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With the growing concerns of climate change and our need for a more sustainable energy source, researchers may have hit on an interesting development in regards to the search for possible alternatives.
Buried below the seabed around Japan, there are beds of methane, trapped in molecular cages of ice. In some places, the sediment covering these deposits of frozen water and methane has been eroded away, leaving whitish mounts of what looks like dirty ice rearing up out of the seafloor.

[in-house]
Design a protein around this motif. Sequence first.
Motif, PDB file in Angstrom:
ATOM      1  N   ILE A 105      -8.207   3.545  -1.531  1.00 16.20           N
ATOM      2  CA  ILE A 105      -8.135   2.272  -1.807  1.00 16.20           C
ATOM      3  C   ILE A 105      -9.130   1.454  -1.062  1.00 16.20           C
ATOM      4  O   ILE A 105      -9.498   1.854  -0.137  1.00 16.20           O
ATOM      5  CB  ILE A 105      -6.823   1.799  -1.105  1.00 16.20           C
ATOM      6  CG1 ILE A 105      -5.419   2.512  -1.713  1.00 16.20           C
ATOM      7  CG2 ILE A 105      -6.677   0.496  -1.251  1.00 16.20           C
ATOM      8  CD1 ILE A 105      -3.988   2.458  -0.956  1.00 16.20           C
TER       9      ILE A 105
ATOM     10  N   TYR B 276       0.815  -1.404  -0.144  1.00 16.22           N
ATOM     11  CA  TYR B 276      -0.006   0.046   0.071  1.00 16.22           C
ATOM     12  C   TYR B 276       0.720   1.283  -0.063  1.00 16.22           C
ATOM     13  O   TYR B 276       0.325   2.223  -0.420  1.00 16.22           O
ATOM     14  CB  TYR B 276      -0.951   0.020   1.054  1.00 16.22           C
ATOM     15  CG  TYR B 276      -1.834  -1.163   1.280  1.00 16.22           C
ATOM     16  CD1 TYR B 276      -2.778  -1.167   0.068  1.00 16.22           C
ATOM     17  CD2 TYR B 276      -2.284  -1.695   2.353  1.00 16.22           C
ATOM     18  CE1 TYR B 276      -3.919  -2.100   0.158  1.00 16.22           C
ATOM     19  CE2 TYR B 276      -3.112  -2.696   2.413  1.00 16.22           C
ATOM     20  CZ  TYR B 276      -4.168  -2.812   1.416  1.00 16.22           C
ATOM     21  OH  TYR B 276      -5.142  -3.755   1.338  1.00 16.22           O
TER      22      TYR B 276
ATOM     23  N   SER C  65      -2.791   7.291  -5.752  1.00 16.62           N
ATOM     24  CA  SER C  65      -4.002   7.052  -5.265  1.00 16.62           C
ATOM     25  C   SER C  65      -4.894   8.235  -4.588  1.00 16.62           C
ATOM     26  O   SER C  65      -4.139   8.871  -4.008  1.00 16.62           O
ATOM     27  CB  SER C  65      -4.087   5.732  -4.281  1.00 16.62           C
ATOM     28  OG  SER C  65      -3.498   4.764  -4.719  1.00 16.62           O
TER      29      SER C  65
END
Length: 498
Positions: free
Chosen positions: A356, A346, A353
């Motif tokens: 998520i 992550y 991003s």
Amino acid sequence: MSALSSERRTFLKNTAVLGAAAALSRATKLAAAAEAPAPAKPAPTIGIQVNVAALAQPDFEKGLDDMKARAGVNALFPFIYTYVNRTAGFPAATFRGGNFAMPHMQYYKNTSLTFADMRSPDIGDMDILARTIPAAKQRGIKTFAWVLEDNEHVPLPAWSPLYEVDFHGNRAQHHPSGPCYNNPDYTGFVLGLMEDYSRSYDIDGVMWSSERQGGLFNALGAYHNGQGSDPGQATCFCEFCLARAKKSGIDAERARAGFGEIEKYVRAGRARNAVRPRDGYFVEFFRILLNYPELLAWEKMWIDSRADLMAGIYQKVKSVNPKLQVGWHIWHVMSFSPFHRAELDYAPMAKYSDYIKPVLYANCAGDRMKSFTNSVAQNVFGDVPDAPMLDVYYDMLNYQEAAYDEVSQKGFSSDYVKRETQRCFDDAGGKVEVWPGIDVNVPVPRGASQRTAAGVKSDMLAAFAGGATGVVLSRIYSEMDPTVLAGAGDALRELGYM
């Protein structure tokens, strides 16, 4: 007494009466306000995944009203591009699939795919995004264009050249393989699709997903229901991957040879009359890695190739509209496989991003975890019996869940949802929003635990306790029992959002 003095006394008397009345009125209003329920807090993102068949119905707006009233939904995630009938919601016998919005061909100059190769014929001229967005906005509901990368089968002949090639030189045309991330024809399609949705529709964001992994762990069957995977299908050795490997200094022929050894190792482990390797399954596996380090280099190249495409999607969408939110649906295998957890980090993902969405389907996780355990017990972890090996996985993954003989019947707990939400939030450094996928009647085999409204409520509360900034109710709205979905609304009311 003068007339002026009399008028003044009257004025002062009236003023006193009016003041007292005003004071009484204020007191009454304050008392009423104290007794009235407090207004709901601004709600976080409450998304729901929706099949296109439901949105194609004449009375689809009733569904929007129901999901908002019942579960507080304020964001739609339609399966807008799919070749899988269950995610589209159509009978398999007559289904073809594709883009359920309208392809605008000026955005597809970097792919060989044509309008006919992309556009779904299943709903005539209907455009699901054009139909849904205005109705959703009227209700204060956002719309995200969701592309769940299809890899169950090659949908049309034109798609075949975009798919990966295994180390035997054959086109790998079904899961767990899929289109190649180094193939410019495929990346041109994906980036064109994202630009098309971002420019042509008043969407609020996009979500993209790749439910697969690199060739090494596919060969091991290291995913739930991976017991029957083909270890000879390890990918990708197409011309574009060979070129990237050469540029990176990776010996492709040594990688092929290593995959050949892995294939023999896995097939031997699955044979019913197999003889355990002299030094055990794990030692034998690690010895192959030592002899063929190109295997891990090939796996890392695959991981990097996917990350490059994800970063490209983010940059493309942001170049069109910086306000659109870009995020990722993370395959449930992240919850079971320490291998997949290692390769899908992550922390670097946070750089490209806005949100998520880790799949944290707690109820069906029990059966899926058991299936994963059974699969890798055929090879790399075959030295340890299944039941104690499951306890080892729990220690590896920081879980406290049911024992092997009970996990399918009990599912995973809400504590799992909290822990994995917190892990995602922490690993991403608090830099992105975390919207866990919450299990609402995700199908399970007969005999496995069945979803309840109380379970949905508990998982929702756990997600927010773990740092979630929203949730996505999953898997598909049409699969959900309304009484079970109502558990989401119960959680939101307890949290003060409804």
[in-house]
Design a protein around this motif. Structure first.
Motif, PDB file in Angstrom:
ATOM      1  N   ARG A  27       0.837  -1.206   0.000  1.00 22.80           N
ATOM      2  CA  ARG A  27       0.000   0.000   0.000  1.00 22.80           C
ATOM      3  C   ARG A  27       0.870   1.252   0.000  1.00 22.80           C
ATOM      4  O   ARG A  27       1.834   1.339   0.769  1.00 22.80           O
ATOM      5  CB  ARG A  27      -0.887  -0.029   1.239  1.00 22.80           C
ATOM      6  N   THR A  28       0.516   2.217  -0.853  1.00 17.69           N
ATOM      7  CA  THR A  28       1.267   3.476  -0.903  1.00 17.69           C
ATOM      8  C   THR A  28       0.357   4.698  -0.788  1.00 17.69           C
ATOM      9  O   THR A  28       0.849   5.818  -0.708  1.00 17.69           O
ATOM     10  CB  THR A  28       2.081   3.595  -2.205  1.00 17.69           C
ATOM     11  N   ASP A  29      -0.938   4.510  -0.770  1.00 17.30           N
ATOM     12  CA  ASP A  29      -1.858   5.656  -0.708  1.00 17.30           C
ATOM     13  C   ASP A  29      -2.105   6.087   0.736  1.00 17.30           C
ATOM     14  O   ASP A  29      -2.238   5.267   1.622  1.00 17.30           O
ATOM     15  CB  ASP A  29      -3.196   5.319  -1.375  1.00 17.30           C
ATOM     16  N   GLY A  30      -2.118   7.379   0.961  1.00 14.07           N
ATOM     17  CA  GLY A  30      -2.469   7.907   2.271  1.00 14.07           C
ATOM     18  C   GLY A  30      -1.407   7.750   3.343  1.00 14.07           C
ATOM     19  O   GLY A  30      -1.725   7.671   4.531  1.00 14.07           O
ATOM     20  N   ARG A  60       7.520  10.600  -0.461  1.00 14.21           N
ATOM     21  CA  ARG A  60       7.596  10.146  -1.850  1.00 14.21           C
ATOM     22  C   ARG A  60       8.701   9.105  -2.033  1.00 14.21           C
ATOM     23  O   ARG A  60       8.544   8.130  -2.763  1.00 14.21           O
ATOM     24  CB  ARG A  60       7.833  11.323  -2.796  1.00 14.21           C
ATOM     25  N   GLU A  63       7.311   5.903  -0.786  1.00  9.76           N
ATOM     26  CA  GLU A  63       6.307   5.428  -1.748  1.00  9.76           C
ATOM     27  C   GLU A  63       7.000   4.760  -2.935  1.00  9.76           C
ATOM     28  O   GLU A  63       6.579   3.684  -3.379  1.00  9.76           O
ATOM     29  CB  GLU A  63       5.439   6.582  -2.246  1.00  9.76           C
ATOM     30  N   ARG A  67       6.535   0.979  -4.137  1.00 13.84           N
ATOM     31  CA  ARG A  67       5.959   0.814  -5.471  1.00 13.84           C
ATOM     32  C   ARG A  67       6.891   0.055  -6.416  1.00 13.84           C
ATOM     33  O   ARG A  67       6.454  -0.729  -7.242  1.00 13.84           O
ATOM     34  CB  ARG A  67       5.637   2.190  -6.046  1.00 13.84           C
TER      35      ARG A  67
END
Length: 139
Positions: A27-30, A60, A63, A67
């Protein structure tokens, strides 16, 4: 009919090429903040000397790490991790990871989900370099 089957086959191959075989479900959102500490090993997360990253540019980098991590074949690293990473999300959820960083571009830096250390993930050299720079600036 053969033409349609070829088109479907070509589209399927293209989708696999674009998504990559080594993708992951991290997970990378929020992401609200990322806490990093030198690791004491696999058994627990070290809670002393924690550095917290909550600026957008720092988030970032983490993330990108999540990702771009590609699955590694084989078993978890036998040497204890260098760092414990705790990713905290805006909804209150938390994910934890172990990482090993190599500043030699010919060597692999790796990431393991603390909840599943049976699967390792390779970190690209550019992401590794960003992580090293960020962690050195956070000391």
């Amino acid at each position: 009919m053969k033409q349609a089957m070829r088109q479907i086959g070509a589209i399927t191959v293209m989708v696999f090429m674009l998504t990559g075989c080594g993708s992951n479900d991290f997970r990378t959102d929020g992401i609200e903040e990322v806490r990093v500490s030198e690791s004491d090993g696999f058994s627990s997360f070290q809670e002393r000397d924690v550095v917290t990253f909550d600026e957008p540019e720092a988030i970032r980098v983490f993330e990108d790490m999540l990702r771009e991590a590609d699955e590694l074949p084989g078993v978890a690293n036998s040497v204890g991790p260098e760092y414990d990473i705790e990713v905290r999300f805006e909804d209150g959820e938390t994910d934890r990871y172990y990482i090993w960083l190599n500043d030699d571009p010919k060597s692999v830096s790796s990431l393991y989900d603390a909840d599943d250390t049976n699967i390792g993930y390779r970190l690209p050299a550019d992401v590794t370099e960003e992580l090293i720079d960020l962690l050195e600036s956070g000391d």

Take a chunk of this stuff up to the surface and it looks and feels much like ice, except for a give-away fizzing sensation in the palm of your hand, but put a match to it and it doesn’t just melt, it ignites.
Now, it’s not a done deal just yet because there are several other factors that need to be taken into consideration but there have already been efforts done to ensure that methane hydrates could become a viable source of energy. – from the BBC
(Image credit: US Department of Energy)